Assistance for the poor and unemployed has taken
many forms in the history of the United States.
Heavily influenced by the Poor Laws of England,
government programs for the indigent and poor were
community based during the 19th Century. In addition to
the government programs, there were numerous self-help
organizations, often religious and ethnically based, caring
for the sick, unemployed and orphaned.
In the 20th Century, The Great Depression of the 1930’s
caused massive unemployment, and the federal government
intervened with work and public relief programs. The
federal programs began small and were basically limited to
widows and orphans.
Simultaneously, with the advent of federal assistance, a
philosophical belief in the effectiveness of government to
train and transform lives gained acceptance. Influenced by
Hegel and the Progressive era, the concept was that neutral
bureaucrats could teach and mold people to become better
citizens. An educated and knowledgeable bureaucrat could
better train and develop Americans. An improvement over
the haphazard guidance provided by family and community.
American universities began to educate and train social
workers to assist the poor.
In the 1960’s, concerned about persistent black poverty,
President Kennedy believed there was structural poverty in
America. In 1964 President Johnson declared war on poverty.
The federal government developed a plethora of training and
educational programs. The combination of money, social
workers and middle class guilt propelled The Great Society.
Poverty was going to be eliminated in America. Conservatives
and liberals endorsed training the poor to be self-sufficient.
Along with the training programs there were increases in
welfare grants which eventually became entitlements to any
unemployed, unmarried person with a child.
The results were devastating. Generally training
programs failed to develop work skills that assisted people
to work. Additionally there was no government demand
that welfare recipients obtain work. There was talk of
self-sufficiency but no directive to obtain work. Generous
welfare stipends and medical benefits were considered to
be better than entry-level jobs. Few people entered the
workforce and the welfare caseload steadily climbed.
The guarantee of money and medical benefits to
unmarried persons with children born out-of-wedlock
sharply increased the number of children being raised by
a single parent. Generally children without the benefit of
a two-parent family do worse in social, emotional and
educational development. Many of the adults and their
children became mired in dysfunctional behavior of alcohol
and drug abuse. Tragically a couple of generations of children lacked the personal and educational development
to be competent citizens in American society.
Middle class America became indifferent to the needs of
the poor. With the wide array of government programs, the
middle-class American reasoned that the problems of society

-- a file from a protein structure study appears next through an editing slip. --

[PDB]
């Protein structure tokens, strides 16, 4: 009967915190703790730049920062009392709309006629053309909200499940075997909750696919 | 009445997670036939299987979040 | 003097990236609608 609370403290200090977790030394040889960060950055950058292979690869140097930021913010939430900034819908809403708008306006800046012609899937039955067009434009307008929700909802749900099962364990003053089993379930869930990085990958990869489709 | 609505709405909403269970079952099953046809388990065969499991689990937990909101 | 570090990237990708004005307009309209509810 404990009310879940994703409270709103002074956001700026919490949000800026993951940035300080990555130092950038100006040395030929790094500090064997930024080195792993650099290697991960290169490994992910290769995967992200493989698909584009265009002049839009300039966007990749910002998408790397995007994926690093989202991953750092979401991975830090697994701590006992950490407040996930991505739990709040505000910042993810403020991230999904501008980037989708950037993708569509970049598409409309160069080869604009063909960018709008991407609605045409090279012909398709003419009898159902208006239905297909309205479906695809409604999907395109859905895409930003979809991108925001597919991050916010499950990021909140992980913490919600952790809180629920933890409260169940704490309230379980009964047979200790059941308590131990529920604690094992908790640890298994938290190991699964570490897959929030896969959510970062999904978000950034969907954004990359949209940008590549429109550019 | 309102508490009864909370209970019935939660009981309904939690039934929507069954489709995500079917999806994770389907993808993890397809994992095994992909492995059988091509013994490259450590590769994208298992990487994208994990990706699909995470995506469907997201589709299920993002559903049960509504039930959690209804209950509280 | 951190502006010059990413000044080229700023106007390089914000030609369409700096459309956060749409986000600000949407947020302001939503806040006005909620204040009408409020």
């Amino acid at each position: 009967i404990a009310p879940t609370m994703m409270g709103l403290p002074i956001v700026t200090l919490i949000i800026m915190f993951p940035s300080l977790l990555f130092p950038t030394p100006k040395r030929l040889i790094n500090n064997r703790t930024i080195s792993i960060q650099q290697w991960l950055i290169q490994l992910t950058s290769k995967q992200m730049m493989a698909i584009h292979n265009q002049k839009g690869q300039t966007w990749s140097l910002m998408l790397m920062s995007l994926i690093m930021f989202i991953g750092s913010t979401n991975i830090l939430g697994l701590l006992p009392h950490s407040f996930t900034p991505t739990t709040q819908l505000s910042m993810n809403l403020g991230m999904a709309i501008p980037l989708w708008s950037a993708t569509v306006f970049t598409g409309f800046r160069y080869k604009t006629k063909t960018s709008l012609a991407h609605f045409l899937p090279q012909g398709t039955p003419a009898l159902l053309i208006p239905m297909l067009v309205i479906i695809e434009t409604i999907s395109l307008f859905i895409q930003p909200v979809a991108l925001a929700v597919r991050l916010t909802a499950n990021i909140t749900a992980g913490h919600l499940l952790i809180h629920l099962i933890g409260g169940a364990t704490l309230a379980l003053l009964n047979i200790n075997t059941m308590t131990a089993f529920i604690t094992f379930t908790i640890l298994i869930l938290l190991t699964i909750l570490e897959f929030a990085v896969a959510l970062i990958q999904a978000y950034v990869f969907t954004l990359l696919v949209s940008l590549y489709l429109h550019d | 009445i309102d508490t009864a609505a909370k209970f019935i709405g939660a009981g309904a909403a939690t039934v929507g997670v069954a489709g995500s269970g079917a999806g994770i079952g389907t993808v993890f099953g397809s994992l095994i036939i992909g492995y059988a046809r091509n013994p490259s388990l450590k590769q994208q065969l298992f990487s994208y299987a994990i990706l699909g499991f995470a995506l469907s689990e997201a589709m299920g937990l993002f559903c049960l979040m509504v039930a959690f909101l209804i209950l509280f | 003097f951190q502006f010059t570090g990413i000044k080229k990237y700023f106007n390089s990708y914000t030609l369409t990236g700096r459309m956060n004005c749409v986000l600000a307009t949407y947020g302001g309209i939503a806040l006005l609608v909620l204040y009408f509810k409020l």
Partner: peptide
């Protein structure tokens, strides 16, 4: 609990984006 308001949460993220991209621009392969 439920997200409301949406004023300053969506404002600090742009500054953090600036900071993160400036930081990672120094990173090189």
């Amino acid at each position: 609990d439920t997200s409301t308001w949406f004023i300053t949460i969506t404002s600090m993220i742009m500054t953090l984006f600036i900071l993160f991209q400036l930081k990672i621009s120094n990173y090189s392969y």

were being attended to by the professional social worker. And
middle-class America conveniently ignored the problems
of poverty. Simultaneously, with the advent of government
programs, the self-help community organizations steadily
faded away and essentially disappeared.
During the 1980’s, America still believed training and
education would solve the problems of poverty. But there
was a growing awareness that the war on poverty was failing.
There was no consensus on why or what to do. Generally,
American liberals called for changing the training programs
and a few conservatives called for work programs. The large
bureaucracies of social workers and sympathetic university
professors were the most vocal advocating for different
approaches to training, and the intellectual debate on cures
to poverty faltered and stalled. However, state politicians
foresaw looming financial crisis with skyrocketing cost of
welfare and Medicare. In 1988, the Family Support Act
allowed for state experimentations with work programs.
The work-first demonstrations were successful, resulting
in The Personal Responsibility and Work Opportunity
Reconciliation Act of 1996 (1996 Welfare Reform). The
1996 Welfare Reform gave states flexibility to develop
work programs, set time limits on welfare, cap benefits
to women who have additional children, diversions from
entering welfare and sanctions (penalties) for failure to
participate. Again, the bureaucracies and university elites
were sure the work programs would fail and children and
families would be severely damaged. They were wrong.
The 1996 Welfare Reform, setting time limits and requiring
work, changed behavior. Welfare recipients, predominately
women, obtained employment and increased their income.
As income has increased, poverty for the mother and her
children declined. The explosive growth of out of wedlock
and teen birth-rates stopped.
What changed the behavior? Work requirements, time
limits, diversion programs and strong sanctions for failure
to participate changed behavior. Instead of living off public
assistance people became productive and managed their lives.
Where is America today? The federal government